Can pregnancy cause psoriasis?
During puberty and pregnancy, the body goes through many rapid changes due to the sudden influx of hormones being released throughout the body. These hormonal changes can affect growth rate, physical appearance, and even behavior. This influx of hormones is normal, but may bring about several unwanted effects, such as: increased bodily hair growth, development of body odor, oily skin, acne, mood swings, changes in appetite, and many others.
During pregnancy, hormonal changes begin soon after conception and implantation of a fertilized egg into the uterine wall. Some hormones that play an important role throughout pregnancy are human chorionic gonadotropin (HCG), progesterone, and estrogen. HCG levels rise quickly during the first trimester, and its function is to signal the body to prepare itself for the newly fertilized egg. The ovaries no longer release an egg each month, and therefore there will be no menstruation for the duration of the pregnancy. Progesterone also rises during the first trimester and works by relaxing smooth muscles and plays a role in dampening the immune system, so that the developing fetus will not be targeted by the cells. Lastly, estrogen is a hormone that rises in level after the first trimester, and is important in the development of the fetus. Estrogen can cause side effects such as increase in appetite, weight gain, and skin pigmentation. However, estrogen tends to improve the health of skin, resulting in what is known as “pregnancy glow”. For women with psoriasis, becoming pregnant poses no problems to their health, and many people have reported that pregnancy actually improved their symptoms of psoriasis. This is most likely due to the high estrogen levels that occur during pregnancy. However, some medications that are prescribed for psoriasis are contraindicated for pregnancy, and should be stopped before becoming pregnant, especially retinoid-containing topical and oral medications. These can be teratogenic and cause severe malformations, developmental problems, or even miscarriage.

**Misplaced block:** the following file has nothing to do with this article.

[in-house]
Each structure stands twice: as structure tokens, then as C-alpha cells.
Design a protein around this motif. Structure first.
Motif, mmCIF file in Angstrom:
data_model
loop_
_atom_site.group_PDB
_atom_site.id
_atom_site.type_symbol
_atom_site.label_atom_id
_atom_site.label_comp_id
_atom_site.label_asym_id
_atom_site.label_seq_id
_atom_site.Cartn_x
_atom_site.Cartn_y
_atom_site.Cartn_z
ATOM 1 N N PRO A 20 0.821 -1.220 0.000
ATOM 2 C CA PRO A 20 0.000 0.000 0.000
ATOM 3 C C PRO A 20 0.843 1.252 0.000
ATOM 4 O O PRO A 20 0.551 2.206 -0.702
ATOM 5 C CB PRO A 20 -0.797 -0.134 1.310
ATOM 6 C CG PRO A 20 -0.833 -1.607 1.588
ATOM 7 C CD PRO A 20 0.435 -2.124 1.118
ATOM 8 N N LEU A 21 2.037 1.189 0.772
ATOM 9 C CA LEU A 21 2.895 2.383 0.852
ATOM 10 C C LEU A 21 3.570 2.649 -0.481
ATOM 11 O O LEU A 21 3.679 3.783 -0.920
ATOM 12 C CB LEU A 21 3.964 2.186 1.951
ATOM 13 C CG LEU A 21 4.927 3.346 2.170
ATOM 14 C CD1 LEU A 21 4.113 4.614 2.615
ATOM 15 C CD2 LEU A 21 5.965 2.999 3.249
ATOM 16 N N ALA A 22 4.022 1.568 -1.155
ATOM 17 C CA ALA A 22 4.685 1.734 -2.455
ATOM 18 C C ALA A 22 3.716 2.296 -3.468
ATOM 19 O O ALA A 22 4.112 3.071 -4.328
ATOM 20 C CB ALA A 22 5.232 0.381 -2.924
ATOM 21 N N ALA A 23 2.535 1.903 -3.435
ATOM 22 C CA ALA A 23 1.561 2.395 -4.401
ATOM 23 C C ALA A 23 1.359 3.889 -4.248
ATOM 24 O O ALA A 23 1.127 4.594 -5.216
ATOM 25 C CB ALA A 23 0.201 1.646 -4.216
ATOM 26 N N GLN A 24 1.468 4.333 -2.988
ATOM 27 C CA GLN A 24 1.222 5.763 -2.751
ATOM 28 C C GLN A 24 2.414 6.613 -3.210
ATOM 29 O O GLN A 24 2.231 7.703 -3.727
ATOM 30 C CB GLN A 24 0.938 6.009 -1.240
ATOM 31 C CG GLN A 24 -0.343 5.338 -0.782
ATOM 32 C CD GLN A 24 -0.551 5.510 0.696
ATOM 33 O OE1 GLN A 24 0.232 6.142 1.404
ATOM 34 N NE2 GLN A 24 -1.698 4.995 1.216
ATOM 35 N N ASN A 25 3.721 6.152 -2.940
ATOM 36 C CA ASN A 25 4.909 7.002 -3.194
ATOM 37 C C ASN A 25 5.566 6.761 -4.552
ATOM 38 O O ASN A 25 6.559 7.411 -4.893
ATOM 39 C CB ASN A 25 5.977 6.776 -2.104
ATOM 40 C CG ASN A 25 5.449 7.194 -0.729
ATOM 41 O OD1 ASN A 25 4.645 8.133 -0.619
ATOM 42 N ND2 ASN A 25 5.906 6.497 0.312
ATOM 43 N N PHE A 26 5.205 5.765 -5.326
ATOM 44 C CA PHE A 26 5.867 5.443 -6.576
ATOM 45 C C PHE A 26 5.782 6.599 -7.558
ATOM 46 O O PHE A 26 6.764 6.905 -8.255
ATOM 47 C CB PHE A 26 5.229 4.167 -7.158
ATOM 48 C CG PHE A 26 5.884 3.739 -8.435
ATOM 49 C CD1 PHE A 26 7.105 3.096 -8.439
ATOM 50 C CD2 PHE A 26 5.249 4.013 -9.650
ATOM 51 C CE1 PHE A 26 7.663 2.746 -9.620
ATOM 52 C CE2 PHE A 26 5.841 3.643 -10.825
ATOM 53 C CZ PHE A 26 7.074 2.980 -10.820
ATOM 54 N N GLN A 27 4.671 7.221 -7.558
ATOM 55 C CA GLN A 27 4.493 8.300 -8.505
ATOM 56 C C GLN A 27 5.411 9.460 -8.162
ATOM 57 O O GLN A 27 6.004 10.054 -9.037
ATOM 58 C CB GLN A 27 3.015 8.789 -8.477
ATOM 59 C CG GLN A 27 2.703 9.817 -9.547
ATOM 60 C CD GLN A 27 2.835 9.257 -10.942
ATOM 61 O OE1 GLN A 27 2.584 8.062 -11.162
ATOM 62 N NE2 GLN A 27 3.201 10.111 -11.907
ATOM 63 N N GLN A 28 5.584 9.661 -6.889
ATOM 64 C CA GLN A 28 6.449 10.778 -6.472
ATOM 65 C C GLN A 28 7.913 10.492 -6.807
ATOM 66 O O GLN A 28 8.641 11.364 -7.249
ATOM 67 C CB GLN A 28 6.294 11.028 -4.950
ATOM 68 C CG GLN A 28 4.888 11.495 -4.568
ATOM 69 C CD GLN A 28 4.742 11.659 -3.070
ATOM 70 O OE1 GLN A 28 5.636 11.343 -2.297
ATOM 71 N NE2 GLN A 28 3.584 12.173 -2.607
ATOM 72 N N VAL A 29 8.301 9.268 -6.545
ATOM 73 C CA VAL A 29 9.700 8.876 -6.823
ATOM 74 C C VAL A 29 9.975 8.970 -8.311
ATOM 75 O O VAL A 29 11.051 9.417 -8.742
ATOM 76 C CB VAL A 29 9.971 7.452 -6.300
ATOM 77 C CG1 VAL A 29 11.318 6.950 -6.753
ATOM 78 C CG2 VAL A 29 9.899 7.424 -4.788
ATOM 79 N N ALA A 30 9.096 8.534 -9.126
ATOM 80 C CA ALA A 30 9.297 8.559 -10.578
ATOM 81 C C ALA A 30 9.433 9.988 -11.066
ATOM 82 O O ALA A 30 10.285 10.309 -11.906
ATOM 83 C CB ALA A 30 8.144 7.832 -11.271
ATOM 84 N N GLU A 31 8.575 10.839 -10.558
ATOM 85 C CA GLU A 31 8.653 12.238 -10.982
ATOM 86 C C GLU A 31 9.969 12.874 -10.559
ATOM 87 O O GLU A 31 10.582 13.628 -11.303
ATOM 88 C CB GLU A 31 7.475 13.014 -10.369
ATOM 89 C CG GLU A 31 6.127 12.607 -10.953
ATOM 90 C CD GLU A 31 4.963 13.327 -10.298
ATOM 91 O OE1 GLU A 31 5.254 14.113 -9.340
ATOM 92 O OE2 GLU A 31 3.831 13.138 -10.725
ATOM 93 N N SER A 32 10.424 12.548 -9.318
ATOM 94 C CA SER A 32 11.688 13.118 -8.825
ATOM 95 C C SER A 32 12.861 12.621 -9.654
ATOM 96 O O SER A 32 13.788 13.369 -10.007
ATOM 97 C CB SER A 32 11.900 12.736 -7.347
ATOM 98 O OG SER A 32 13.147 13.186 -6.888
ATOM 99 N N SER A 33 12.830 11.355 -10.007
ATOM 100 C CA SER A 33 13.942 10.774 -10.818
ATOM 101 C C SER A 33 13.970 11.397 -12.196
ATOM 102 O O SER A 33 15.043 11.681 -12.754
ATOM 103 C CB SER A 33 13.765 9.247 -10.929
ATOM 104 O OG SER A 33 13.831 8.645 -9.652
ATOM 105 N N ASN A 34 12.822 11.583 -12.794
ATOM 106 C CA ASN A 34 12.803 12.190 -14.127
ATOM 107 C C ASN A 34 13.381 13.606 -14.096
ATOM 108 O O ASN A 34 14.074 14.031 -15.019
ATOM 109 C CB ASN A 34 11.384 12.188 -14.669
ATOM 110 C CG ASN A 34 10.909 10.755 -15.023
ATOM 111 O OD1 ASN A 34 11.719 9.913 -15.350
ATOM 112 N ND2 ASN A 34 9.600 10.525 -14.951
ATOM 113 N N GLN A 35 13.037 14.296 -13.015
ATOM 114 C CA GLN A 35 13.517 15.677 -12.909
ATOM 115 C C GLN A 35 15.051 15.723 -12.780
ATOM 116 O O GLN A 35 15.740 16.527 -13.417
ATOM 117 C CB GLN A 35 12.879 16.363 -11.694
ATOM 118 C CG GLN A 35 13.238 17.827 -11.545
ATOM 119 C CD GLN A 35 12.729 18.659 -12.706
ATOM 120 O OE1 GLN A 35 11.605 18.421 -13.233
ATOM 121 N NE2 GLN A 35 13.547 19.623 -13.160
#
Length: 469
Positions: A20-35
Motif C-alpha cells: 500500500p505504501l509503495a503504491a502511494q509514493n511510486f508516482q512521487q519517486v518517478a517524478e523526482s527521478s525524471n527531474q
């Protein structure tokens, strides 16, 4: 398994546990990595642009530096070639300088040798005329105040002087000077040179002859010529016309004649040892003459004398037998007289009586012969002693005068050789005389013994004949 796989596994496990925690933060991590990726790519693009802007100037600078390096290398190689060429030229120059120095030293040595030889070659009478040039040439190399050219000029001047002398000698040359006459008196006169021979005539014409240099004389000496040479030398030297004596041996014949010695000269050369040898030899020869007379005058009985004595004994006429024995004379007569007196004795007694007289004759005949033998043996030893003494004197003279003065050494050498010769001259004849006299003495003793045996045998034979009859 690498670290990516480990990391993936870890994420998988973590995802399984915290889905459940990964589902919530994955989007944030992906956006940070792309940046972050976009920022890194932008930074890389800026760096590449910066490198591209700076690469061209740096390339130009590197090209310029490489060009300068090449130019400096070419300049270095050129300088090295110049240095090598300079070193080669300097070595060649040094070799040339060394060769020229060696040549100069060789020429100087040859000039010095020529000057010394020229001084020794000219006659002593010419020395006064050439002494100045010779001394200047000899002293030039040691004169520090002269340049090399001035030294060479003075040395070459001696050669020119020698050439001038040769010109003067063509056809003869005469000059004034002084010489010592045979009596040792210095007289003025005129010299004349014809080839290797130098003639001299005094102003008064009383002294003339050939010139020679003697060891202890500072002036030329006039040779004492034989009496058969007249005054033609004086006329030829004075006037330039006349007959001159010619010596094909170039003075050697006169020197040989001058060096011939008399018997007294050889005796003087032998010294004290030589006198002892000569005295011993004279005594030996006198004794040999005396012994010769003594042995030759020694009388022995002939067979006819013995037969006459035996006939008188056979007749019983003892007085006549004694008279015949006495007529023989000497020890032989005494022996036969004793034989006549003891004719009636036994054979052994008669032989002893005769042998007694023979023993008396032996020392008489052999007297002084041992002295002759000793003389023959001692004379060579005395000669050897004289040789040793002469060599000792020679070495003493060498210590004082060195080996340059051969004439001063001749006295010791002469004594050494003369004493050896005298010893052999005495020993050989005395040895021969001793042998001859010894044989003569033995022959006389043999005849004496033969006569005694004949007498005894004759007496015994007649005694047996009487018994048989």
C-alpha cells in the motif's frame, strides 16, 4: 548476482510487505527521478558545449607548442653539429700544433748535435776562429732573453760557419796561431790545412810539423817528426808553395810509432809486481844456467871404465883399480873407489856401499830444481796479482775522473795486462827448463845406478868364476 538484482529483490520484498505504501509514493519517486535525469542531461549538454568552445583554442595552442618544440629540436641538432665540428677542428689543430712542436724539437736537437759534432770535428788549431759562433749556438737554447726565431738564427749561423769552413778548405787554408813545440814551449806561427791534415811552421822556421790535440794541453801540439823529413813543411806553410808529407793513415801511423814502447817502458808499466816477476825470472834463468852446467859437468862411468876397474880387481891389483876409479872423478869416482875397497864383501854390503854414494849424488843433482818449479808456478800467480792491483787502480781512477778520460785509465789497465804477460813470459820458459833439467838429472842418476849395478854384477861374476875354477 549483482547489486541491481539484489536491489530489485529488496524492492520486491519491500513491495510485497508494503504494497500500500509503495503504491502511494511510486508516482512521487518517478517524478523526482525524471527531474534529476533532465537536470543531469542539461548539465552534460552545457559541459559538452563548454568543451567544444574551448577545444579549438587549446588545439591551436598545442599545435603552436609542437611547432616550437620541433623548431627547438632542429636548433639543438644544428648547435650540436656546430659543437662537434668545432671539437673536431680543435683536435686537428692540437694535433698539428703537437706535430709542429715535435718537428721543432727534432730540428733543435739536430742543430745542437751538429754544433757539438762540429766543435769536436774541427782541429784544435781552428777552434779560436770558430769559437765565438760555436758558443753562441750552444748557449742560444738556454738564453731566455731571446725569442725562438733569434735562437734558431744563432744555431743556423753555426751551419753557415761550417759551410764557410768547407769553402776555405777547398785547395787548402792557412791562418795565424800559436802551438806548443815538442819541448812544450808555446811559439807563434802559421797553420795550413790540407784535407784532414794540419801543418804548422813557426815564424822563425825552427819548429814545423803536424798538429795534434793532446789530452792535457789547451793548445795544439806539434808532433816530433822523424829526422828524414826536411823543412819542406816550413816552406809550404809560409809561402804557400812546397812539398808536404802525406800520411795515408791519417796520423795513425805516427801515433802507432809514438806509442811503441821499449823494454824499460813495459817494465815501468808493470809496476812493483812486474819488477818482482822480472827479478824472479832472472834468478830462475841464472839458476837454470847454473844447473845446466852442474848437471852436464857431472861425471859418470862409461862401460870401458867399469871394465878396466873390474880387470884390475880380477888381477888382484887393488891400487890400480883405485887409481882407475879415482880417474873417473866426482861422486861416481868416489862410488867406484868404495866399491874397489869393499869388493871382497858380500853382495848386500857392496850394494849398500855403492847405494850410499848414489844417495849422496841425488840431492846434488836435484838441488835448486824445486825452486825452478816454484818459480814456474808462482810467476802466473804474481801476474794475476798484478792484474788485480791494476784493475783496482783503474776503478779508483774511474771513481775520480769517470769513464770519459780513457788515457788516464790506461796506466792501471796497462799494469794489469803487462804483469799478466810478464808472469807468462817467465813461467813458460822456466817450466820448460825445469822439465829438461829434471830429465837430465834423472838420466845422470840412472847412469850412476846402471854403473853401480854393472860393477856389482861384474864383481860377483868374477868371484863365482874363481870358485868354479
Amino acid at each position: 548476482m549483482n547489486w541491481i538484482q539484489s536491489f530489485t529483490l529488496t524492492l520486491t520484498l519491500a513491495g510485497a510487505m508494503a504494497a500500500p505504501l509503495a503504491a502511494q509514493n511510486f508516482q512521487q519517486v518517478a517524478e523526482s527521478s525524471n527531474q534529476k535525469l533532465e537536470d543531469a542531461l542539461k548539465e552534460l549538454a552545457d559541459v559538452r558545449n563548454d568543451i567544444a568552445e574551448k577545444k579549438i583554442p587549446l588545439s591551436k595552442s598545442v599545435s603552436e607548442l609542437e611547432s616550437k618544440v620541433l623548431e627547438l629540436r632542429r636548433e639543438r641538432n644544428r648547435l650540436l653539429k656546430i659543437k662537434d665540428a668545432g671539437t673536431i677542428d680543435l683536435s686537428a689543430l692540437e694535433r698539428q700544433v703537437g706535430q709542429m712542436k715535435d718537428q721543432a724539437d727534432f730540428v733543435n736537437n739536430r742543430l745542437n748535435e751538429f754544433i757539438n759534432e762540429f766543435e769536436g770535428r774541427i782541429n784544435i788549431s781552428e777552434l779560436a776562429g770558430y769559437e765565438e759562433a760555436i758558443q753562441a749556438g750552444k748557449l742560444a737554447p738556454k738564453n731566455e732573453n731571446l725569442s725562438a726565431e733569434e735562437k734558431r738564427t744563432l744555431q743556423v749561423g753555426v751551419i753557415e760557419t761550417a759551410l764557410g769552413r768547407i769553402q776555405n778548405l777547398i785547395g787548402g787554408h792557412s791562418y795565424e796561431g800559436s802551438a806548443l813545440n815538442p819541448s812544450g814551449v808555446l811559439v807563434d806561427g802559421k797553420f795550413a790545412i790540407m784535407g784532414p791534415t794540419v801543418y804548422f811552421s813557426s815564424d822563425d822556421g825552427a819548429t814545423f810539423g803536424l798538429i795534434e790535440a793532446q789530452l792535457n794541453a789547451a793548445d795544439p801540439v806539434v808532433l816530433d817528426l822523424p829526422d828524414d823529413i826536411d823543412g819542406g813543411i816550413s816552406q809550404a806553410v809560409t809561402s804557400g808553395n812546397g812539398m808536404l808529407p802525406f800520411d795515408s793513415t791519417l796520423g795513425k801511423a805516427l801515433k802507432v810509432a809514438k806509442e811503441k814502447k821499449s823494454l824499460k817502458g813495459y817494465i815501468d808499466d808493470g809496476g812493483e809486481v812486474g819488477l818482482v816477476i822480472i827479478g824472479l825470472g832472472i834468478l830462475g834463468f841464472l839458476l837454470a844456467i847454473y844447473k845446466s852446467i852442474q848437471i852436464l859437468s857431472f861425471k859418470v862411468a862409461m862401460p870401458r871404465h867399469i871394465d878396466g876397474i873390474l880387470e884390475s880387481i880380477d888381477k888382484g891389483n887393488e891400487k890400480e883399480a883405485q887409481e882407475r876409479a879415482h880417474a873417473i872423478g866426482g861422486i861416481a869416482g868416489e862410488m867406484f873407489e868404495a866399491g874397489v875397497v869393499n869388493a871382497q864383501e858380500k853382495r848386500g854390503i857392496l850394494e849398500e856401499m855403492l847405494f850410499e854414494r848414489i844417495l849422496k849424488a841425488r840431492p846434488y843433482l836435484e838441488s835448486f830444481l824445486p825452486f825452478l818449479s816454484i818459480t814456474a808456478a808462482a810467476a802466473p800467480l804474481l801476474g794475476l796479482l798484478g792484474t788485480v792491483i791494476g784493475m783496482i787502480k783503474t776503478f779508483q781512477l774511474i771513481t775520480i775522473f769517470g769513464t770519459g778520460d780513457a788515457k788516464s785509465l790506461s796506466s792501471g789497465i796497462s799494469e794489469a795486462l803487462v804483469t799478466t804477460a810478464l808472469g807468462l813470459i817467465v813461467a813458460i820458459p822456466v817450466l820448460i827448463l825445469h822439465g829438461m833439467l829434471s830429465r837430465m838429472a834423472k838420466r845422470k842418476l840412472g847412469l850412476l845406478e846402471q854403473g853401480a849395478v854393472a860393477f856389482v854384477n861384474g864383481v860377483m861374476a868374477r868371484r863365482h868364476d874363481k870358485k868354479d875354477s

In puberty, both males and females experience changes in hormone levels, but at different times, rates, and types of hormones. Typically, females enter puberty at an earlier age and is more prolonged. Estrogen is the major hormone of female development. For males, the onset of puberty is later, but the hormone levels rise at a higher rate, resulting in growth spurts. The major hormone of male development is testosterone. However, it is to be noted that females and males both have estrogen, testosterone, and other hormones, but at different levels. Testosterone tends to be pro-inflammatory, while estrogen is important in maintaining the health and radiance of skin. Testosterone also speeds up metabolism, while estrogen promotes more fat and water retention. In psoriasis, both males and females are affected at equal rates. However, it is said that males then to have more severe skin lesions and other symptoms compared to females with psoriasis, but females with psoriasis tend to gain more body mass compared to males with psoriasis and people without psoriasis. These characteristics are most likely linked to the hormones that predominate in each sex.
General hormonal changes can occur throughout life. Changes in lifestyle and diet can contribute to the degree of hormonal changes. For example, diets high in cholesterol can contribute to the development of more steroidal hormones in the body, because of their similar chemical structures. Stressful lifestyles can also raise the levels of hormones released in the body, such as cortisol, which contributes to general inflammation and increase in body fat. Menopause in women causes a drastic drop in estrogen levels, which leads to osteoporosis and sagging of the skin. These changes in hormone levels can aggravate the symptoms of psoriasis, but may not be totally avoidable. Hormone replacement therapy can help level the amount of estrogen in the body, preventing excessive bone loss and adverse effects to the skin.